Kansai Electric Power Co. said Wednesday two executives who were responsible for its nuclear business both received more than 100 million yen ($929,000) as gifts from a former official of a town hosting one of its nuclear plants, as the utility disclosed additional information on the money scandal involving more than a dozen officials.
The disclosure has re-exposed the collusive ties between Japan's nuclear industry and government officials. Of the 318.45 million yen worth of gifts 20 people at Kansai Electric received, the largest amount of 123.67 million yen went to managing executive officer Satoshi Suzuki, followed by 110.57 million yen for former deputy president Hideki Toyomatsu, the company said.
Toyomatsu, who retired from the post in June, used to be the head of the utility's nuclear power division in Fukui Prefecture, where the town of Takahama is located, while Suzuki serves as acting chief of the division.
Speaking at the second press conference since the scandal came to light last week, President Shigeki Iwane and Chairman Makoto Yagi, however, said they do not plan to step down from their posts at the company or business lobbies.
"It is my largest responsibility to exercise leadership together with (Iwane) and make utmost efforts in pursuing the cause," Yagi said in Osaka, where the utility is headquartered, adding that the late former deputy mayor of Takahama's offering of gifts escalated since the March 2011 earthquake and tsunami in northeastern Japan, which triggered the Fukushima nuclear crisis.
A report released by Kansai Electric on Wednesday said Eiji Moriyama, who died in March at age 90, had a wide network of connections with Japanese lawmakers and he had threatened to obstruct operation of the company's nuclear power facilities if it did not comply with his wishes.
An independent panel will be set up to investigate the expanding scandal involving 20 officials at Kansai Electric and the late former deputy mayor, and the two said they will decide what to do after looking at a report it compiles by the end of this year.
It said the acceptance of gifts from Moriyama started in 2006 and continued until one month before his death.
Iwane himself received gifts worth 1.5 million yen from Moriyama, according to the report.
(Shigeki Iwane (2nd from R) and Makoto Yagi)
Kansai Electric subjected Yagi, who accepted 8.59 million yen worth of gifts from the late deputy mayor, and Toyomatsu to a 20 percent cut in remuneration for two months and Iwane to the same for one month. Suzuki, however, was simply given a stern warning.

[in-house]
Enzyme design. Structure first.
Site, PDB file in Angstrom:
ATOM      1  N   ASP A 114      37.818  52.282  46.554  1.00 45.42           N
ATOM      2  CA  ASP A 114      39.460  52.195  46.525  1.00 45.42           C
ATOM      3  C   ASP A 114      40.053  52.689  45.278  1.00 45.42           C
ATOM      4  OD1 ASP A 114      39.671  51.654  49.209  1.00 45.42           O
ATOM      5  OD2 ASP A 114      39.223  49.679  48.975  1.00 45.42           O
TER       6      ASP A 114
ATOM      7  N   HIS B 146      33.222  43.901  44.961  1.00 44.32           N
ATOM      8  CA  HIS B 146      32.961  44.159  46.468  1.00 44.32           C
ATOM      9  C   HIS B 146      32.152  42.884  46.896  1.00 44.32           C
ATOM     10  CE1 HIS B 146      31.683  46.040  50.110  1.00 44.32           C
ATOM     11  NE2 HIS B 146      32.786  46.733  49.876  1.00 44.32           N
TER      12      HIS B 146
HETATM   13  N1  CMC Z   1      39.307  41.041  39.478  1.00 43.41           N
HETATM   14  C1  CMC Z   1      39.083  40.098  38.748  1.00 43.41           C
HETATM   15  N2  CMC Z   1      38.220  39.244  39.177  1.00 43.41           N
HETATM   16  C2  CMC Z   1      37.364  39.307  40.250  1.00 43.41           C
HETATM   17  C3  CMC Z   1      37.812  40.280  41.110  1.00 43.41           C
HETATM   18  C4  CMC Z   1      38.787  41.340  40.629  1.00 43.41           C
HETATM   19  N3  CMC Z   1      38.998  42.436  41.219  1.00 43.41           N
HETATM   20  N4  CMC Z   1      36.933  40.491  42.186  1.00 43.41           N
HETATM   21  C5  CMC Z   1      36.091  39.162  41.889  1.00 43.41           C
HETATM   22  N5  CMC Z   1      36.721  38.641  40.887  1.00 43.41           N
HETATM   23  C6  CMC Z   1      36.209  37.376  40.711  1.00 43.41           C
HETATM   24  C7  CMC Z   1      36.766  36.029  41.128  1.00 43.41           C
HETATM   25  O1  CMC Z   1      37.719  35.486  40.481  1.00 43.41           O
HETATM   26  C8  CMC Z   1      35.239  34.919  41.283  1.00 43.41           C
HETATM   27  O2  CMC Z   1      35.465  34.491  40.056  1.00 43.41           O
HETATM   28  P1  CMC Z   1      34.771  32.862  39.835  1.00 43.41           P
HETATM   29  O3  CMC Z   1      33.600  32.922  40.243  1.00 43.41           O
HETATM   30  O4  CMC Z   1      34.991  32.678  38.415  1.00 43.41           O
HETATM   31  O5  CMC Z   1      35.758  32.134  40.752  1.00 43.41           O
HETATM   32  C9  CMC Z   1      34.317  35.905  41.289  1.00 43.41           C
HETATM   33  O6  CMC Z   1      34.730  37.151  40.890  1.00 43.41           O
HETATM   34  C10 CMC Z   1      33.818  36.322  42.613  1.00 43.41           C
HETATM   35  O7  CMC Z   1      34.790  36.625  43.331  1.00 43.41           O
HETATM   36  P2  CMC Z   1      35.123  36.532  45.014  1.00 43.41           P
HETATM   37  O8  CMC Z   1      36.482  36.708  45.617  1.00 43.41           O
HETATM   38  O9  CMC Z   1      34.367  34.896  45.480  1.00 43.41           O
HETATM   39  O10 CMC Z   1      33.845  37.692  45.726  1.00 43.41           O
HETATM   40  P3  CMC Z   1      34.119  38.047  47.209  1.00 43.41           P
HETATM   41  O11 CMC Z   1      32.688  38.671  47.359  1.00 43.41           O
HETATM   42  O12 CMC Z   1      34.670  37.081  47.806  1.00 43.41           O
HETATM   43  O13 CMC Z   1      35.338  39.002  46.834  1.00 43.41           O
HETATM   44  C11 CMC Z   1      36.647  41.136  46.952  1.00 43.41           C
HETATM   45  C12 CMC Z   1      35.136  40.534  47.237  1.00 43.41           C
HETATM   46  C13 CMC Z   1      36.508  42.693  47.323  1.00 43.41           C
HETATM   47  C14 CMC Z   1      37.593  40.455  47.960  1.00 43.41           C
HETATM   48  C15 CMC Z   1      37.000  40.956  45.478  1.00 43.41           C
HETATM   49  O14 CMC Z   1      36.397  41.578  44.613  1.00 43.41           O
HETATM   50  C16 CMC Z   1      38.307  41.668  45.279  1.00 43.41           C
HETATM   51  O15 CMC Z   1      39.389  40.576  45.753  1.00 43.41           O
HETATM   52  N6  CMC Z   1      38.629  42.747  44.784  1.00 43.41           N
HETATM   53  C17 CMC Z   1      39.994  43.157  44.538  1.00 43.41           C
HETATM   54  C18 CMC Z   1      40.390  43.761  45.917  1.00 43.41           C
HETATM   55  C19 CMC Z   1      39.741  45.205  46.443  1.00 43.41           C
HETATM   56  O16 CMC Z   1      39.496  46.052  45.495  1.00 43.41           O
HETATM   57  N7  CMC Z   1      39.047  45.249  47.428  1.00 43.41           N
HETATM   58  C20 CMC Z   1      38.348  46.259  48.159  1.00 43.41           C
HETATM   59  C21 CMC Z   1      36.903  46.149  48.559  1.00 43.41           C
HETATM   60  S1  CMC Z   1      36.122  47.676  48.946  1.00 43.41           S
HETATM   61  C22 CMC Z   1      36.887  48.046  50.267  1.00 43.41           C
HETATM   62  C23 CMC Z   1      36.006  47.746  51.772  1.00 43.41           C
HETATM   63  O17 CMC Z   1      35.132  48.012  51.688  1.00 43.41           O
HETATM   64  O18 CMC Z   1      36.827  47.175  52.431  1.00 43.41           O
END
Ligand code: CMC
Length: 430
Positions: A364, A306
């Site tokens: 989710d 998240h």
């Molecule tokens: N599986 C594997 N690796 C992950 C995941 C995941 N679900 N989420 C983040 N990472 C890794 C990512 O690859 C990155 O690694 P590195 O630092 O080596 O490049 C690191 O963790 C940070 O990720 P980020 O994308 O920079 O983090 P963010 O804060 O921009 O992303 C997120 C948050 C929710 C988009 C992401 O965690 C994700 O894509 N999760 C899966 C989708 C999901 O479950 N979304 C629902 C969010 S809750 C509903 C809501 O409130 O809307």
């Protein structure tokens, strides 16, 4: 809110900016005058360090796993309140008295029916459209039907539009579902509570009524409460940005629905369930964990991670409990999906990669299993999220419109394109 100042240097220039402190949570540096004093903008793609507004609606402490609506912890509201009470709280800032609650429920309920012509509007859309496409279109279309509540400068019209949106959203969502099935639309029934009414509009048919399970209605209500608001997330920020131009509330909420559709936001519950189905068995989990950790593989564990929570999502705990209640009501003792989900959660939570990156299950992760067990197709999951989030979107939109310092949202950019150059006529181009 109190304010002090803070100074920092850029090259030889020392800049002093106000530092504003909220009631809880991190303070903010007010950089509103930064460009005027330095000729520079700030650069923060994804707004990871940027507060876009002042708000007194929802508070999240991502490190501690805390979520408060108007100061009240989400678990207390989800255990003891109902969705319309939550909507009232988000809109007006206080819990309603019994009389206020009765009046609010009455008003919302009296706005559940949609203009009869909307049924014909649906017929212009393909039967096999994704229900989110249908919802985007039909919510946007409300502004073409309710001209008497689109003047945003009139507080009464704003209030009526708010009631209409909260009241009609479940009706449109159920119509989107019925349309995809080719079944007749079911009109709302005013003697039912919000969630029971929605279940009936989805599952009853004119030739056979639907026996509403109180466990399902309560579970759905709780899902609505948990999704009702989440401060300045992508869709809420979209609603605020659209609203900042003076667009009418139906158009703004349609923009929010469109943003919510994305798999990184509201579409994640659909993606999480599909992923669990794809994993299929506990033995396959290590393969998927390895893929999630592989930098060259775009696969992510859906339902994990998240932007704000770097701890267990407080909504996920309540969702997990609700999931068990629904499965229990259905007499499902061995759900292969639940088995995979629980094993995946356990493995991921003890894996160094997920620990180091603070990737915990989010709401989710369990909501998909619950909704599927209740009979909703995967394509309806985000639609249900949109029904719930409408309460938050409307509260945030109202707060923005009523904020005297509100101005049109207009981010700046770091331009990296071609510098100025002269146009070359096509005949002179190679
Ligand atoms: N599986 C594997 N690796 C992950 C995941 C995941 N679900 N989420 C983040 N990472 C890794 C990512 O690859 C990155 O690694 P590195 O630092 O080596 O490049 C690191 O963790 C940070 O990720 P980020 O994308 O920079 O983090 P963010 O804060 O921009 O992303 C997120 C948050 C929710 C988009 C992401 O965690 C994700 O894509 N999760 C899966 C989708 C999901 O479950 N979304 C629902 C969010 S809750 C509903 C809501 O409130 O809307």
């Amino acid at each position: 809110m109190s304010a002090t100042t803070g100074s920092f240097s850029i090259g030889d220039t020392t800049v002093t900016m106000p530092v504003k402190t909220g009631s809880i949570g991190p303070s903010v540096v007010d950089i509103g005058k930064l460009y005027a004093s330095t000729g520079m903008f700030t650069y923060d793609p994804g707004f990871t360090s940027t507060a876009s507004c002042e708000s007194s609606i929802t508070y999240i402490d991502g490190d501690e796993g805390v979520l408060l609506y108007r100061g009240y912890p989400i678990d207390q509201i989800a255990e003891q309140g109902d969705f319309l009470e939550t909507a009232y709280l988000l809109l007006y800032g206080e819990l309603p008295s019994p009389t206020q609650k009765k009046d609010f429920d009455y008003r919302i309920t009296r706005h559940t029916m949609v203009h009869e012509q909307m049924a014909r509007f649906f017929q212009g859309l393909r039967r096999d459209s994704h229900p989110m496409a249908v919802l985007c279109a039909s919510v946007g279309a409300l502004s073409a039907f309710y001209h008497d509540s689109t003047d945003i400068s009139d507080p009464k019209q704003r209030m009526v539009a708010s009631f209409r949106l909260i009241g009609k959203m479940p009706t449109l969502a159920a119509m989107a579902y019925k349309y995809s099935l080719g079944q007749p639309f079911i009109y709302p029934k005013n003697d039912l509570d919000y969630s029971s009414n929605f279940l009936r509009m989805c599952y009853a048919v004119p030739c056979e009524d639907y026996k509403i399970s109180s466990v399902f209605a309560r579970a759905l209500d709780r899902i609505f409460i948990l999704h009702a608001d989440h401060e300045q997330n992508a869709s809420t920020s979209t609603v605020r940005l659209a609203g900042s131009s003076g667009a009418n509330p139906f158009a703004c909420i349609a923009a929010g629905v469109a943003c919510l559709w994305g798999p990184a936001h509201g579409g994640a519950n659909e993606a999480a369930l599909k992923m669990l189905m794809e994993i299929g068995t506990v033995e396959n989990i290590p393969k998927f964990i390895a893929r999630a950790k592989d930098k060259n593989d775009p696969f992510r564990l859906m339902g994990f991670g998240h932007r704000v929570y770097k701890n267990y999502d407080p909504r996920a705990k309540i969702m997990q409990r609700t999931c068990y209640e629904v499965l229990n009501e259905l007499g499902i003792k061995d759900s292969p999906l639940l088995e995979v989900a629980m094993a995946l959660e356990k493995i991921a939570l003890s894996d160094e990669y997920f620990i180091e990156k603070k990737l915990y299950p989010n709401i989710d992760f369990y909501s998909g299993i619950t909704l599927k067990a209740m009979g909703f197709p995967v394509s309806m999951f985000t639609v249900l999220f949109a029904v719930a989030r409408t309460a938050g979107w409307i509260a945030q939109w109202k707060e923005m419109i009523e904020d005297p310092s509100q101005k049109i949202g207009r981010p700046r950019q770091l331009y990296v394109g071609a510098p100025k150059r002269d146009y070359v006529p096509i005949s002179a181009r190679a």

The company also admitted that the gifts from Moriyama included 145.01 million yen in cash, 63.22 million yen in gift coupons and 365 gold coins worth 49.49 million yen.
The gifts also comprised 75 coupons for tailored suits worth 37.5 million yen, the equivalent of 17.05 million yen in U.S. dollars, eight sets of gold cups worth 3.54 million yen, 500 grams of gold worth 2.4 million yen and 3 oval gold coins worth 240,000 yen.
While the officials returned or repaid most of them, 34.87 million yen worth of gifts still remain unreturned, it said.
Kansai Electric was criticized after its press conference last Friday for refusing to disclose details, citing the need to protect personal information.
Still, of the 20 people, the utility on Wednesday only disclosed the names of 12 individuals.
An investigation by tax authorities has found that Moriyama received a 300 million yen commission from a local construction company that was hired for projects at the Takahama nuclear complex, according to sources with knowledge of the matter.
Kansai Electric said its orders for the construction company totaled 6.47 billion yen over the past six years from the business year starting in April 2013.
Moriyama told authorities he had sent the gifts as a token of his appreciation for Kansai Electric's support for the town, which is heavily dependent on the Takahama plant.
Money and goods returned by four individuals were found in Moriyama's residence with a note from Kansai Electric confirming the return, the names of the individuals and the date.